Pantry closets are often a storage location for extra groceries, appliances, and other things the kitchen may not need. They’re often used to make more room in the kitchen by getting things off the floor. When they become too stuffed, it’s time to move on to your next step.

You first want to thoroughly clean out everything in your pantry closet so you can use it as space once it’s taken down. Then take measurements of what size door you’ll need and make sure to find studs in the wall for mounting purposes before tearing anything down. If you have any clothing or other items you may need for your family, you’ll want to get rid of them first.

Once it’s empty and ready for demolition, you can start working on the removal process. Before doing anything at all, make sure that you’re 100% sure that the wall will hold the weight of the new hinged door. If it won’t without additional help, then don’t just cut into your walls. If you do this, you can void your warranty, and it might also cause damage to the walls and ceilings that are close, in addition to creating an extra hole in the wall.

Pull out the installation nails and screws.

First, you’ll want to pull out the remaining nails and screws used to hold the installation. This will help you track down the studs for mounting your new hinged door. To do this, use a stud detector, or if you’re looking for something more exciting, try pulling out your handy-dandy electric chainsaw and making yourself some fun work.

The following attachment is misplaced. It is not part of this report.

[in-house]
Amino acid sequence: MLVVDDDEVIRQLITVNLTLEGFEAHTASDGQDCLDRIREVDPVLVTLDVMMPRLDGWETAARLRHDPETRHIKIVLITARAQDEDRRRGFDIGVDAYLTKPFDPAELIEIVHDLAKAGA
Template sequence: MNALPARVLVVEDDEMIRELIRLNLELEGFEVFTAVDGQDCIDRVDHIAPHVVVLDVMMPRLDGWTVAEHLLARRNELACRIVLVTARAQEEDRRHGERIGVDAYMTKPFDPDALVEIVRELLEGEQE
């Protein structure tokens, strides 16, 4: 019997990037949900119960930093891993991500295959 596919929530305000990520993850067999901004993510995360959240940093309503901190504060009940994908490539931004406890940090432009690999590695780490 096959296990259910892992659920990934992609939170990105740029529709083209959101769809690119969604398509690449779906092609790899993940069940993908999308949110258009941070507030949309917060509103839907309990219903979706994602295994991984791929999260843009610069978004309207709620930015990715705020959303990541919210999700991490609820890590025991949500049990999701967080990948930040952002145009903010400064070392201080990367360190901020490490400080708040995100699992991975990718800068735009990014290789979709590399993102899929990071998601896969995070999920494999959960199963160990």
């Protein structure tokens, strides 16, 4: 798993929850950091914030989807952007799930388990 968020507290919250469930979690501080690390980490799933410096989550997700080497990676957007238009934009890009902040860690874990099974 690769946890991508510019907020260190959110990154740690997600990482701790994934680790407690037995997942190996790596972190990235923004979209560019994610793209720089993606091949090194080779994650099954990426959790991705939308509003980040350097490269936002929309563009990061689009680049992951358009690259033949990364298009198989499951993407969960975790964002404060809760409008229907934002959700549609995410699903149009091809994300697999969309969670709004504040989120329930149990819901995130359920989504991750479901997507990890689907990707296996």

Reinforce the wall.

After the nails have been removed, you may either reframe the wall or utilize wall anchors to strengthen it from the inside to offer additional stability. Once that’s done, you can start measuring your new door and cutting it accordingly. You’ll want an extra inch on both sides for future adjustments if needed. 

The door mounting solution

The next step is to buy or make a mounting solution for your door. For example, you can use a hinged door hinge, which will be easy and simple to install, even if you don’t have all the knowledge necessary to do it yourself. Type A hinged doors are made of plastic and are relatively painless to mount. 

These fit into slots you place in your walls with the anchor inside. When mounted, there is no need for any other parts, and you may make eventual adjustments without having to buy mounts and take the door down again. In addition, you may play around with the automatic swinging feature of the door to provide easier access to storage.

Or you can opt for a Type B hinged door if you want more versatility or style. The most noticeable difference between these and type A hinge is that type B hinges require a frame. You’ll need to purchase a complete frame for mounting purposes and the door itself. Your options for mounting this are unlimited, assuming you have enough space in your kitchen and can accommodate it within its footprint.

Follow the mounting instructions.

Now that you have your choice made, pick out which will best fit your home’s design or if you’re new at this, we highly recommend considering both before making any choice. You may even want to start with something simple only to add style and character to your home later.